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The symbolism of Revelation has puzzled readers for centuries. Every generation falls prey to extreme views of interpretation. Even worse, they minimize the importance of John's Apocalypse by not teaching or preaching from it. Yet Revelation is a profound work of New Testament theology and warrants a close study. John expects and prepares believers to follow the Lamb through suffering and possible martyrdom. The problem is centered on what the symbols mean. Are they literal? Are they symbolic? Do the images refer to events and people in the first century, or to the last days of planet earth? Moreover, how is the book structured? Is it one vision, four visions, or more? Are the visions linear or recapped? Lions, Locusts, and the Lamb: Interpreting Key Images in the Book of Revelation demonstrates a way to unlock John's structure and unravel his symbols. The key is to follow a logical step-by-step interpretive approach that accents the historical, cultural, intertextual, extratextual, and particularly intratextual allusions and connections. The result is a book that delivers the basic meaning of three hundred images and categorizes them into an accessible guide for teachers, preachers, and readers of Revelation.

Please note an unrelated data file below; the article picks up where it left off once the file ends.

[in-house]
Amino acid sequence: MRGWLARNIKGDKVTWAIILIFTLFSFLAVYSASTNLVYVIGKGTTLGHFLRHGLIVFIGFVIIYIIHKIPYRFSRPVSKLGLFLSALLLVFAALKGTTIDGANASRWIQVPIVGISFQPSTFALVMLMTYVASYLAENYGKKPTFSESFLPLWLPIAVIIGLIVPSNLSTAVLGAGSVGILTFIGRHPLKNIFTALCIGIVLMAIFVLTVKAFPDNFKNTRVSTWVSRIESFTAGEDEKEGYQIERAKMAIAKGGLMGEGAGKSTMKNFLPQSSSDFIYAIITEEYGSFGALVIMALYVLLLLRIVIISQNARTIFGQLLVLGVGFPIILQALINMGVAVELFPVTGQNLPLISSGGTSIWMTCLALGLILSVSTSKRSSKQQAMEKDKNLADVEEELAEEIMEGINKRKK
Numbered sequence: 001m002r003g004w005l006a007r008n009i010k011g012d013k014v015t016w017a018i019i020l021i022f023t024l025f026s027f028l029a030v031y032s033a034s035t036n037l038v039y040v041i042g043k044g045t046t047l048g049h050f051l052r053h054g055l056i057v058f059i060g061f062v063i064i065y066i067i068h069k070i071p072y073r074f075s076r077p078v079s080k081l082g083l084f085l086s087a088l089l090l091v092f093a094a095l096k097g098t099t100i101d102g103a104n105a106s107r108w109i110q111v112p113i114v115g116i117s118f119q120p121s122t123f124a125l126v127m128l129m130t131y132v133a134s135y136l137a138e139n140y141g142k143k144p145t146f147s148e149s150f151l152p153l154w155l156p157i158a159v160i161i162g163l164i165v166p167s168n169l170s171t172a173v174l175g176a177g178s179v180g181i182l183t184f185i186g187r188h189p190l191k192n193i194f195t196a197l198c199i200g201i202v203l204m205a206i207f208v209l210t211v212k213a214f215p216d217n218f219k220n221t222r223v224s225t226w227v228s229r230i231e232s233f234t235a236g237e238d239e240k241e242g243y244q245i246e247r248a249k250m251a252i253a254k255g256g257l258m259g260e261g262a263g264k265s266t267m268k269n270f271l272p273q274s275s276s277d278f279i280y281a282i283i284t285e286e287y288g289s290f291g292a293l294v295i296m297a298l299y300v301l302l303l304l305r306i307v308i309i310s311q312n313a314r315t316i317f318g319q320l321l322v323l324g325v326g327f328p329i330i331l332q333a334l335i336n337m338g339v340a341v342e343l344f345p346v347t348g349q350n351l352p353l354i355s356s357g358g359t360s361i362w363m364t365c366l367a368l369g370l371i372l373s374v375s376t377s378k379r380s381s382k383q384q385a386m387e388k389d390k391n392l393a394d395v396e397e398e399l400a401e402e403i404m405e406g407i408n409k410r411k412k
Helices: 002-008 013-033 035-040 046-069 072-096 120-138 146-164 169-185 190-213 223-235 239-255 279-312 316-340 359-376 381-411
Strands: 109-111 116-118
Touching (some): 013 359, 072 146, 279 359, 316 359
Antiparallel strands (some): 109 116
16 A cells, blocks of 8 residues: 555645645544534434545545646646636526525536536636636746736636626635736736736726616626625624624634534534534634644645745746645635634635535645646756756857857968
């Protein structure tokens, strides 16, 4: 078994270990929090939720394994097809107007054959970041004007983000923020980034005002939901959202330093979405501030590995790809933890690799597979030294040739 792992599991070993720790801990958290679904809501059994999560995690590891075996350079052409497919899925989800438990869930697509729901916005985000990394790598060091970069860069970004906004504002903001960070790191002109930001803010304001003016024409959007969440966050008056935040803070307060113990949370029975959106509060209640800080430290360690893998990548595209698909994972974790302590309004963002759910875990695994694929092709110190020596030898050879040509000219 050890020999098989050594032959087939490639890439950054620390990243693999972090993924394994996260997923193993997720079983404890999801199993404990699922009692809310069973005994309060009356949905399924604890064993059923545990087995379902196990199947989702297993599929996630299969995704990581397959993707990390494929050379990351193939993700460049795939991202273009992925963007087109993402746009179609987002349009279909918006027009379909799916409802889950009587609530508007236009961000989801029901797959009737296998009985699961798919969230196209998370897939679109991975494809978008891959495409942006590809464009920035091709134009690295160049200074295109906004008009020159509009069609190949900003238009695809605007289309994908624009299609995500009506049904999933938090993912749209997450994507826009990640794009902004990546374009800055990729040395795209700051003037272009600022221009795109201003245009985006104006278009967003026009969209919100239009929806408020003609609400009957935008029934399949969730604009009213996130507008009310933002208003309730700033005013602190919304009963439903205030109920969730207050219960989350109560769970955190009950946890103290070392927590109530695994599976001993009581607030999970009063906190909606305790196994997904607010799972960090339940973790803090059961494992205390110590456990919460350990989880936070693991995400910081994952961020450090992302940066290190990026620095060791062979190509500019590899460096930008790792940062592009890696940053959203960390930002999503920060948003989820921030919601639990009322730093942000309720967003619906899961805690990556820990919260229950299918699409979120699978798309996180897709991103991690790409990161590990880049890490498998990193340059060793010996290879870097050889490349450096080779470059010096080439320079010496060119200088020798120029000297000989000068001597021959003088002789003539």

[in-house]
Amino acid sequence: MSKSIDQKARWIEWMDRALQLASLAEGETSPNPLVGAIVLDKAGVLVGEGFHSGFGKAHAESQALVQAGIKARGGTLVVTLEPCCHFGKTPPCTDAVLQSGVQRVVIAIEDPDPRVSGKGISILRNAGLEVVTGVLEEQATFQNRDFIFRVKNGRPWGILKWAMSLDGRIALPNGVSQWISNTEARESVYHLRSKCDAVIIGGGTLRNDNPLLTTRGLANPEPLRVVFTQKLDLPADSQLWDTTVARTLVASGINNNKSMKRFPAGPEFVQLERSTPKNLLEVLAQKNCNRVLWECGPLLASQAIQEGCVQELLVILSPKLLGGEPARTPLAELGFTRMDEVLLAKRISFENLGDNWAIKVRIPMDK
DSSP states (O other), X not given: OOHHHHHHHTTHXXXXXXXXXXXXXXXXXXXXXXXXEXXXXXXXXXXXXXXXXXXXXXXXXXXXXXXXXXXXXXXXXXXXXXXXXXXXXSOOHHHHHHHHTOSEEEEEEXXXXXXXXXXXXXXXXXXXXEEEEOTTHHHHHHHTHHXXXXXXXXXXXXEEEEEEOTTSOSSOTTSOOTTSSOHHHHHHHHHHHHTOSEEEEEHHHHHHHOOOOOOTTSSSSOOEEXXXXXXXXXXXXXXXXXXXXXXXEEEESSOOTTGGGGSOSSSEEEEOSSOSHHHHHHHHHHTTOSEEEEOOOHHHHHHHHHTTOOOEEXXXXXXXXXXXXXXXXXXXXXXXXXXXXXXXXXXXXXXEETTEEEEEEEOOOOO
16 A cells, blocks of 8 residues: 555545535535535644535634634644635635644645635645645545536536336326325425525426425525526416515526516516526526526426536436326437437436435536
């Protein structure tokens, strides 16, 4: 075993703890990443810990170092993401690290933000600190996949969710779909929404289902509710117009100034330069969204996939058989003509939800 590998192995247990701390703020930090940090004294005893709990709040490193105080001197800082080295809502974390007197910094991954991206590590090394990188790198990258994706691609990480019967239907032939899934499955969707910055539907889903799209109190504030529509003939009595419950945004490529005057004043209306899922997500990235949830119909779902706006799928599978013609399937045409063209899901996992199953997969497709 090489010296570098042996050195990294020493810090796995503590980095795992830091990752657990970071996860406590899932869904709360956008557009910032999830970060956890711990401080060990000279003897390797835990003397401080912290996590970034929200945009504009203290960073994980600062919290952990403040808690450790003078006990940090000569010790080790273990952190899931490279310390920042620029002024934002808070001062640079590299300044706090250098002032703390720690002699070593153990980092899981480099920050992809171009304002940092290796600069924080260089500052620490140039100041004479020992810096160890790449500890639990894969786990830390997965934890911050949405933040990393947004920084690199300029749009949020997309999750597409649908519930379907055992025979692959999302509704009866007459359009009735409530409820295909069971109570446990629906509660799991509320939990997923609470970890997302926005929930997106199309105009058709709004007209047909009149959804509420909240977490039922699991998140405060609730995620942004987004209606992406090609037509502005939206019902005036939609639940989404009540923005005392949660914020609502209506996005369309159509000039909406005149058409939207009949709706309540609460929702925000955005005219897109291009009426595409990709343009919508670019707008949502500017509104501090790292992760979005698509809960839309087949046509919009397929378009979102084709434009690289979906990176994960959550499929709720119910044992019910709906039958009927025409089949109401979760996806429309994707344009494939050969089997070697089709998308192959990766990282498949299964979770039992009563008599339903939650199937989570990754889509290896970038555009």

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|Publisher:||Wipf & Stock Publishers|
|Sold by:||Barnes & Noble|
|File size:||2 MB|
About the Author
Michael Kuykendall is professor of New Testament studies at Gateway Seminary and teaches on Gateway’s Pacific Northwest campus in Vancouver, Washington. He is coauthor of Impact Preaching: A Case for the One-Point Expository Sermon, and has published articles in the Journal of the Evangelical Theological Society, Baptist History & Heritage Journal, Bible Review Journal, Pneuma: The Journal of the Society for Pentecostal Studies, and Lexham Bible Dictionary.